* Your zeal to create coastal access ("Waking Up About Beach Access," editorial, Sept. 24) needs to be tempered by the acknowledgment that coastal property owners were illegally coerced into "offering to dedicate" portions of their property to the public. Thus far, your coverage has consisted of a lengthy article (Sept. 3), devoted mostly to documenting the number of "offers" still unaccepted, two editorials urging speedier acceptance of those offers, and letters (Sept. 15 and 24), including one from a Sierra Club official asking for public help in opening more access ways.
When the U.S. Supreme Court examined the means by which the Coastal Commission acquired one of those "offers to dedicate," the court concluded that the offer had been acquired by "extortion" and was invalid. The question which neither you, nor the Sierra Club, nor the Coastal Commission wants to face is whether our state government ought to be enforcing agreements obtained by extortion. The state should acknowledge the invalidity of its former actions and release those ill-gotten offers, rather than throwing its weight around and bullying private citizens into giving away their property. The court explained that the proper way to accomplish the state's goal is to buy what it needs, not grab it.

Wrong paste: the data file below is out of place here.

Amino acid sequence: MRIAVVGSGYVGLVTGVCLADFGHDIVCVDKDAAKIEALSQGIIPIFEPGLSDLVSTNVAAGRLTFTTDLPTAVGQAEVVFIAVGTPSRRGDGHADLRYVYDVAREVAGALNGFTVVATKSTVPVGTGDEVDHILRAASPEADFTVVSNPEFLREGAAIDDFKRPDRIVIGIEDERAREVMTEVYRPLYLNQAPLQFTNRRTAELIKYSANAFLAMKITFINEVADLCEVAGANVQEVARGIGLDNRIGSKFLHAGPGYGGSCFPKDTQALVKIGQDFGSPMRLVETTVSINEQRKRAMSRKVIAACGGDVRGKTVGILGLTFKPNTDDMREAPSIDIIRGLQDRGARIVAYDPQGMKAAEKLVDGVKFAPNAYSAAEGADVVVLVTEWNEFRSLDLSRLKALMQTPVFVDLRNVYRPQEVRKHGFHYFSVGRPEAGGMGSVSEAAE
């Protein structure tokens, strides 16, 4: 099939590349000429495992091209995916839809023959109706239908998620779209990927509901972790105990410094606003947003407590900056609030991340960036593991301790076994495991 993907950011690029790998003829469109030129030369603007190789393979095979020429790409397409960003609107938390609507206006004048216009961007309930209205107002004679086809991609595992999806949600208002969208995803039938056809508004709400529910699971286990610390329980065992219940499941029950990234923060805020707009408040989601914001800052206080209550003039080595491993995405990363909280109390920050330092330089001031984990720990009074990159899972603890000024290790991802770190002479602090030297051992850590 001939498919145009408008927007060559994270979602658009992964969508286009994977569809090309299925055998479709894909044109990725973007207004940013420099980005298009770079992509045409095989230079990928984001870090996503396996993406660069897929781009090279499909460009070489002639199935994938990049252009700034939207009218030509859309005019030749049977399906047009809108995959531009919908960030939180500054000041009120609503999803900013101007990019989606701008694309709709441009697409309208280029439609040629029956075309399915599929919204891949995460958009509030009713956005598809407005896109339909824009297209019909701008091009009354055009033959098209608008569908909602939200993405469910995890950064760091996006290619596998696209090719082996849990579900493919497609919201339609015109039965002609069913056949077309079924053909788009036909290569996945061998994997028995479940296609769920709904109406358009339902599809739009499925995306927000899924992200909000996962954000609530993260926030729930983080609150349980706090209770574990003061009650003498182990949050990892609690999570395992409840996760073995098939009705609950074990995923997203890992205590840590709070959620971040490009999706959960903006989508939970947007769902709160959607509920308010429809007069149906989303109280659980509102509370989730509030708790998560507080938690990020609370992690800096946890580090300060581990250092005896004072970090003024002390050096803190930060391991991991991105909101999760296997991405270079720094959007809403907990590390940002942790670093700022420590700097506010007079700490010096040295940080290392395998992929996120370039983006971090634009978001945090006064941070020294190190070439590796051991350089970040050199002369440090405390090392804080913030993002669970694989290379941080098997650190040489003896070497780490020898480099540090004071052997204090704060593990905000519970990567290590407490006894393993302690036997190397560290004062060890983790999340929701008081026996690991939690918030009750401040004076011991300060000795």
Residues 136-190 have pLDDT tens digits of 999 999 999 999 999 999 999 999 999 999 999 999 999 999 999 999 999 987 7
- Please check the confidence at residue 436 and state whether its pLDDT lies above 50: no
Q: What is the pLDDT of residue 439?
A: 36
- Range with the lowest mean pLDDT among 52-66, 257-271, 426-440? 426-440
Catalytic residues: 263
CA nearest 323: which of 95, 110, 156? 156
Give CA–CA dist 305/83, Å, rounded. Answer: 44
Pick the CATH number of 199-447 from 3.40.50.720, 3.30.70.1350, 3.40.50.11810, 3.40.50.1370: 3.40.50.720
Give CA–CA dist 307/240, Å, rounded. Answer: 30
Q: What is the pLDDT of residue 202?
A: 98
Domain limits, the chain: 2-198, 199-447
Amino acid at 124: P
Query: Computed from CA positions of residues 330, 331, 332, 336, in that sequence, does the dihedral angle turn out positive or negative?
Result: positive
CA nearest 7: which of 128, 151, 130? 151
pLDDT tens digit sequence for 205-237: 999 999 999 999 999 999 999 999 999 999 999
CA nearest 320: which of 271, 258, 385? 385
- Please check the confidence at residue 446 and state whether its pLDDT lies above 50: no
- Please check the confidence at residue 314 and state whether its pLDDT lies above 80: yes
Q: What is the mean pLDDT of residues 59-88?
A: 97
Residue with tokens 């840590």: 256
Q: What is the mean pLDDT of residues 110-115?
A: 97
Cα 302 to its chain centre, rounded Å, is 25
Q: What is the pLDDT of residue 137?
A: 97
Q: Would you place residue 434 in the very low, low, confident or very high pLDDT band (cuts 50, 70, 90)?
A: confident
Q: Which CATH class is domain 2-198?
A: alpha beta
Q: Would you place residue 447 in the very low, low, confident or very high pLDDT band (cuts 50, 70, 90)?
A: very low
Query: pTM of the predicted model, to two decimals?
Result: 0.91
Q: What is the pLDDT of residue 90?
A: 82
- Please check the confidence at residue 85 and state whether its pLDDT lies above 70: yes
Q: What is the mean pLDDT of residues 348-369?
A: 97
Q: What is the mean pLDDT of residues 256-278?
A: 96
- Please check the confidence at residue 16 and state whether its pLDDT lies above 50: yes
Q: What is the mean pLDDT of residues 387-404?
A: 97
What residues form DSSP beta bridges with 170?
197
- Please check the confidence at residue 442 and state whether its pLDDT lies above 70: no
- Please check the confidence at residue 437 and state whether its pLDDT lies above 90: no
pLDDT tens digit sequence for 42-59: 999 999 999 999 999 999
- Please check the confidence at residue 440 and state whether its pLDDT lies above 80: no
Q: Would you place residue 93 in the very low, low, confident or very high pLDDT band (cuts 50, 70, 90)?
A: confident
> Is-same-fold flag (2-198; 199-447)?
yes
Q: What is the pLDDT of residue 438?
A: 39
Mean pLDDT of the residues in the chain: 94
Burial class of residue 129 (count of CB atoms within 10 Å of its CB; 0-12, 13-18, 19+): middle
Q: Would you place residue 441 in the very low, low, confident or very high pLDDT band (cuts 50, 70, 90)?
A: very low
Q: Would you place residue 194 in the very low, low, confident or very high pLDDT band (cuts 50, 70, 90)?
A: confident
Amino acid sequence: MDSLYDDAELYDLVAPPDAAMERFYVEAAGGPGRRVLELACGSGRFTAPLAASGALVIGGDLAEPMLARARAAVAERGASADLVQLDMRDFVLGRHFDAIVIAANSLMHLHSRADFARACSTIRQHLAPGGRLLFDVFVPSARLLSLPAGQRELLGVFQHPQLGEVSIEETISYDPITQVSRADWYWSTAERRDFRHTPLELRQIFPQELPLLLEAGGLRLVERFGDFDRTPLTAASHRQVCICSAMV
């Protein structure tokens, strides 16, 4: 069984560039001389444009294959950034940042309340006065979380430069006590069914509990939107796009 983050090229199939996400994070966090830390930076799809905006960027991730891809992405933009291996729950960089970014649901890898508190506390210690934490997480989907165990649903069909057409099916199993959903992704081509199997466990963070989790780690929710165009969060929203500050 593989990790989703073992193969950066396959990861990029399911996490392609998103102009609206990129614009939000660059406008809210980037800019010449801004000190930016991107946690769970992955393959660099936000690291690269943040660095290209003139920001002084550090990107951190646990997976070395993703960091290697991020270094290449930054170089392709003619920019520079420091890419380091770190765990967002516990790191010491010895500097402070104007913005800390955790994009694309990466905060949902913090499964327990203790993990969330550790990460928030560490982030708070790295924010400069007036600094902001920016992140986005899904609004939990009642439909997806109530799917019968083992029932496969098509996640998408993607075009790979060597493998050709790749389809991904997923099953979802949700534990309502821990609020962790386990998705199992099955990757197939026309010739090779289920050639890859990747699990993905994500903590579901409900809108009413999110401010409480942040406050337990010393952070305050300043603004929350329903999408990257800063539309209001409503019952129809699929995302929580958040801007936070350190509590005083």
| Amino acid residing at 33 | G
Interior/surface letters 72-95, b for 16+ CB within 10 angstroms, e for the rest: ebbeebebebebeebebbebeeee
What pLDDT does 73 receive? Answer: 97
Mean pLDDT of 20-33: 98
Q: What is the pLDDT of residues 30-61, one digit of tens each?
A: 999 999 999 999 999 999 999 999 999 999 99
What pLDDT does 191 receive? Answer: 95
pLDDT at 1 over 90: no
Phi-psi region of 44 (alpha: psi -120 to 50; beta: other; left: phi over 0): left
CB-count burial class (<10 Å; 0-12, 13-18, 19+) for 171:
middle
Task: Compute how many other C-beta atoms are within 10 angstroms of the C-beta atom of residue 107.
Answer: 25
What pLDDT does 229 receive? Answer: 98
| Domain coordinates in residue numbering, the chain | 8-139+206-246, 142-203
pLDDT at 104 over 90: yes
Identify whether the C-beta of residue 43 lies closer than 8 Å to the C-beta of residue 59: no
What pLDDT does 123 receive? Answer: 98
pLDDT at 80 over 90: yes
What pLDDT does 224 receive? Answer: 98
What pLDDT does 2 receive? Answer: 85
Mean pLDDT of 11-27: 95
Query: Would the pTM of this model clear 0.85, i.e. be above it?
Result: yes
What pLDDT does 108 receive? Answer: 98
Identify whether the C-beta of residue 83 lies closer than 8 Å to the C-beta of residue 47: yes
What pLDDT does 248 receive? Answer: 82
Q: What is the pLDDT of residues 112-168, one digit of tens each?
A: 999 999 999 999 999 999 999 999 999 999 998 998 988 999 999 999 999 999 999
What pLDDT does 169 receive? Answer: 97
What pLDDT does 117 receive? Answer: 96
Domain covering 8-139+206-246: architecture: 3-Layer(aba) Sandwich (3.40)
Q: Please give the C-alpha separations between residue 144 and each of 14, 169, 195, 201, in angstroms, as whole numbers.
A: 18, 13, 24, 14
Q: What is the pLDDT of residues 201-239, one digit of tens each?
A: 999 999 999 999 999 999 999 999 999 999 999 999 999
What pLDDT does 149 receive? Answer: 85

MICHAEL M. BERGER